A fundamental objective of financial reporting is assessing the amount, timing, and uncertainty of cash flows being transferred in and out of a business. Only by understanding the cash flow statement, can a company accurately assess its flexibility, liquidity, and overall financial performance. Trying to run a business without adequately monitoring and managing cash flow is like trying to swim upstream without using your hands. Even if you manage to succeed, it will be an ongoing and stressful activity riddled with uncertainty and sleepless nights. It is particularly relevant for startups and small businesses, especially during their first year, when keeping track of these assets is critical for survival.
Here is how you can easily monitor your business’s cash flow through cloud accounting.
What’s Your Breakeven Point?
The first thing you will need to do is to determine your breakeven point. Knowing when your business will become profitable will not directly affect your cash flow, but it will give you an early goal to strive towards, as well as a target that will project your future cash flow.
Once you’ve determined what that breakeven point is, you will be able to make your cash flow projections. This will ensure you will have enough available cash on hand to afford to pay your employees and suppliers. You can use this forecast as an early warning system that will allow you to effectively anticipate various problems down the line and even avoid them entirely.
Cloud accounting also allows for automated invoices. It is another useful tool to keep an eye on your cash flow. Since the system will generate invoices as well as timely reminders to your customers and suppliers, your staff will no longer have to keep track of the process manually. It dramatically reduces the incidence of error, allowing you to monitor your cash flow better and avoid any unexpected shortfalls.
Up-To-Date Cash Flow Information
There is a waiting period between when a sale or expenditure takes place and when that information is written down in a cash flow Excel spreadsheet. What’s more, that data will not provide you with enough perspective until the appropriate charts and graphs are created.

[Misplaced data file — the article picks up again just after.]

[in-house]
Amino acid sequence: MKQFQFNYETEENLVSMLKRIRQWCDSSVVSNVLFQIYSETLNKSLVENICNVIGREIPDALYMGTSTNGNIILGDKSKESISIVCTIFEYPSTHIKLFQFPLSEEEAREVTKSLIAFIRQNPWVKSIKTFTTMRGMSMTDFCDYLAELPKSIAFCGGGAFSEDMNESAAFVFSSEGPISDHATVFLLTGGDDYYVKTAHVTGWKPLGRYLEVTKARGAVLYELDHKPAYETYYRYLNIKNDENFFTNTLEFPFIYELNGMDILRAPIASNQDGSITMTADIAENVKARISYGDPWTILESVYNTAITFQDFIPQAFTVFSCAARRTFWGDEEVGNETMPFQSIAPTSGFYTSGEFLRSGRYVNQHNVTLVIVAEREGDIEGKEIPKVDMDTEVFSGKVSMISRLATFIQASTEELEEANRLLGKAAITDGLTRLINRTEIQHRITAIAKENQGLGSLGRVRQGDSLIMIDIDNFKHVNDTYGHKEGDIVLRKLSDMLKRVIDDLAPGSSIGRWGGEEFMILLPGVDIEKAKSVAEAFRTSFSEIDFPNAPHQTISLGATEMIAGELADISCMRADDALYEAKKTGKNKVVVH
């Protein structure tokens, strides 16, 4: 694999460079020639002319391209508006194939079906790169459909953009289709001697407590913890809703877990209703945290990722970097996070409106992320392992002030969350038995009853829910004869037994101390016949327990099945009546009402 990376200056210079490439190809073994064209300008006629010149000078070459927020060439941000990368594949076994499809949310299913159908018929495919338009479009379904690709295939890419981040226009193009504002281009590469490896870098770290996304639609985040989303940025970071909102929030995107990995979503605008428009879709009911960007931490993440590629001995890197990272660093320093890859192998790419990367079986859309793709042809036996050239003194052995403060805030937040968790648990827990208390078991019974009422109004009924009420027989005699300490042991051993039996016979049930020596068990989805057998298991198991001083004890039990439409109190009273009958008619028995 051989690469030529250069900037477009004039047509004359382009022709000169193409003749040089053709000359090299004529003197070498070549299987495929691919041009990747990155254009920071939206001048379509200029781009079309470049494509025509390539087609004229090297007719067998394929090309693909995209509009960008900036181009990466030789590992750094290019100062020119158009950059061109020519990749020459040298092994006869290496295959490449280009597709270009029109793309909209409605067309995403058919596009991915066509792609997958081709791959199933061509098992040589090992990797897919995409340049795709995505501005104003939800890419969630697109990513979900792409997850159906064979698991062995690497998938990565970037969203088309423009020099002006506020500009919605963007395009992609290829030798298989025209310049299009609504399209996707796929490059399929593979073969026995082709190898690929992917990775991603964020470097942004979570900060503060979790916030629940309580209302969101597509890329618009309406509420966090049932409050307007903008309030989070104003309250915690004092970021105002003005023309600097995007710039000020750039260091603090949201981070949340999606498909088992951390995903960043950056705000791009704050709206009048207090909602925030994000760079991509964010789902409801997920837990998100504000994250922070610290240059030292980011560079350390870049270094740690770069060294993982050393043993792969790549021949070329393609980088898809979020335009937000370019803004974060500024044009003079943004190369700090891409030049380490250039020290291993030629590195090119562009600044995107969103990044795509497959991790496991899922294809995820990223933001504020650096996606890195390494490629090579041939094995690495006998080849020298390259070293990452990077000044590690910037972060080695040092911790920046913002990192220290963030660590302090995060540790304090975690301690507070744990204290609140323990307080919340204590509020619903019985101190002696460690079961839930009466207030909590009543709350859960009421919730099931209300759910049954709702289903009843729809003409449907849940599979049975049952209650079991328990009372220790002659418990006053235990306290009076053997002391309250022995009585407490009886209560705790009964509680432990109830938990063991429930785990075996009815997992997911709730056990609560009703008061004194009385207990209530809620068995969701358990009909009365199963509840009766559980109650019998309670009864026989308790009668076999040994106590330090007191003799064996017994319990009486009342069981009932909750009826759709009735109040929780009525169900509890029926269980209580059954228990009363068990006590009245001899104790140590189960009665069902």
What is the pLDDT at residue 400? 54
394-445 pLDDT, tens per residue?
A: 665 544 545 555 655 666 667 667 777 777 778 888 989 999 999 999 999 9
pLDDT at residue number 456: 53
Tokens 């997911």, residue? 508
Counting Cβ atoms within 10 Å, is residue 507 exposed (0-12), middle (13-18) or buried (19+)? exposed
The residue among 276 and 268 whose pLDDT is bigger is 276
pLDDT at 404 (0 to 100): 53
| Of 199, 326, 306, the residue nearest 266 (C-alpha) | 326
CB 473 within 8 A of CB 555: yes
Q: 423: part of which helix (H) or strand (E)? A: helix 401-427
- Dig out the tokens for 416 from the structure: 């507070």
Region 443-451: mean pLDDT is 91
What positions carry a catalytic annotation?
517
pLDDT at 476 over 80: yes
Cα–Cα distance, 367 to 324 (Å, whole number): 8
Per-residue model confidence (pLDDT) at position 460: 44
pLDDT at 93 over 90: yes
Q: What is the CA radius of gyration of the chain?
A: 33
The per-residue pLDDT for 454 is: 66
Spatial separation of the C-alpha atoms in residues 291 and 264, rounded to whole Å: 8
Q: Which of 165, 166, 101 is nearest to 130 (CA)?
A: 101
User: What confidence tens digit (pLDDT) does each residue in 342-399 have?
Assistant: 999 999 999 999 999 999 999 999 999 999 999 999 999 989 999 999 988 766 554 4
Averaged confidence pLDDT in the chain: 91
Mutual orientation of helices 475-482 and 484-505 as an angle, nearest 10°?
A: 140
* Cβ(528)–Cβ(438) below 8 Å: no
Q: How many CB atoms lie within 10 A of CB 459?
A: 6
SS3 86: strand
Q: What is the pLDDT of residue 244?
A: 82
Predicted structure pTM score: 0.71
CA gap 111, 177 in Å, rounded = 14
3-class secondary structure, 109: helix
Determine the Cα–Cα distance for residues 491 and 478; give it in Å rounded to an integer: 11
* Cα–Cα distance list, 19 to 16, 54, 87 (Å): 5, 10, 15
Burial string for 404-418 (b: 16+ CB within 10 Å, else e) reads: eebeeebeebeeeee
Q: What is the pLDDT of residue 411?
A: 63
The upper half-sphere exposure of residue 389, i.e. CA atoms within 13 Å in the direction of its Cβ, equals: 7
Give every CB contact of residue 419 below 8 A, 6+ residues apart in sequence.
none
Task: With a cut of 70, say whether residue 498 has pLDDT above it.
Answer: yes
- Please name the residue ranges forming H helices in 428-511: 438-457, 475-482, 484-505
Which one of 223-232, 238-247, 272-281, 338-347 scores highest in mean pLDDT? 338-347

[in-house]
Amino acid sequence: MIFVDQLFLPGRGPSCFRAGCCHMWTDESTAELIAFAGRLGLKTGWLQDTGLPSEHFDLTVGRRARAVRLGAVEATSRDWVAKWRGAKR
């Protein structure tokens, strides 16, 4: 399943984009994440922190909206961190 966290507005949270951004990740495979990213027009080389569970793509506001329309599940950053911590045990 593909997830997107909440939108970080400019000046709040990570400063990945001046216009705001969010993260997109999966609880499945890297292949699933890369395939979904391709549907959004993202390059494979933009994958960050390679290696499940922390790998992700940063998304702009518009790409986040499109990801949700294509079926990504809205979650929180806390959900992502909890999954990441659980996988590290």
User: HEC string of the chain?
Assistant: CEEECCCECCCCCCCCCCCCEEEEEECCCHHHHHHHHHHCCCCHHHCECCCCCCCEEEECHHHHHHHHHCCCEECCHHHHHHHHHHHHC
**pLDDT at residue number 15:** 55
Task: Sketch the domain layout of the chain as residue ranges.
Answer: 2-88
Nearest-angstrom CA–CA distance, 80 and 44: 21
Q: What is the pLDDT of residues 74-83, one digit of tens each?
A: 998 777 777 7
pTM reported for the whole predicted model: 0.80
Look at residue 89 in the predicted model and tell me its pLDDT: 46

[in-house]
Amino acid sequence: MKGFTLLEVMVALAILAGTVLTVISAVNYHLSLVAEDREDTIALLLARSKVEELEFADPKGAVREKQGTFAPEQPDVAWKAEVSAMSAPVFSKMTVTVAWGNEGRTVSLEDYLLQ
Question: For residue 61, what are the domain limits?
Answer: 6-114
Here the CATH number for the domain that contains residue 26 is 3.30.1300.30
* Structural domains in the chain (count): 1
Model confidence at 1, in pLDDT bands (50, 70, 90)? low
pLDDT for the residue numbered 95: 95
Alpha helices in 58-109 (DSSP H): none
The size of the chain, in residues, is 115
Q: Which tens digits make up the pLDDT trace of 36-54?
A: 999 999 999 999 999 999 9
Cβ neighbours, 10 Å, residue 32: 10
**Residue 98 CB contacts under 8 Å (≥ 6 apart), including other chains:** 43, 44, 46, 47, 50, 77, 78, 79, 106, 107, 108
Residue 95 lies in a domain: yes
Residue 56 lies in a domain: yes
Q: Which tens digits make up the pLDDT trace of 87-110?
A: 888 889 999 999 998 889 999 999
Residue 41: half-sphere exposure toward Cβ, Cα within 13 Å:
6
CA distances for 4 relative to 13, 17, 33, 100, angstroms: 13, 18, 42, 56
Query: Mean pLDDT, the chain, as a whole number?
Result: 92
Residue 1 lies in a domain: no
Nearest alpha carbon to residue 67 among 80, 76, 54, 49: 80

This time discrepancy can’t offer you the necessary up-to-date information to accurately monitor and manage your cash flow. But by using cloud accounting software, this information will be available to you whenever and wherever you need it.
Using Cash Flow Templates
Cash flow statements will provide you with a clear picture of how money moves in and out of your company. Forecasting this cash flow is done on a regular, monthly basis. One right way of keeping an eye on your cash flow is to use cloud cash flow templates as a means of forecasting and recording your available funds.
These are the following templates that you can use:
- The Opening Balance – the cash available to you at the beginning of every month.
- Cash Inflow – this includes all revenue, funding, and loans.
- Cash Outflow – this template will include all expenditures such as salaries, payments, purchases, and investments.
- Net Cash Flow – use this template to deduct outflows from inflows and see the amount saved.
- Closing Balance – the closing balance is where you add the net cash flow to your opening balance, which will then become your next opening balance for the following month.
Monitoring your cash flow by making use of cloud accounting will give you the necessary foresight to always have enough cash on hand as well as to avoid any unforeseen circumstances.
Until the next time,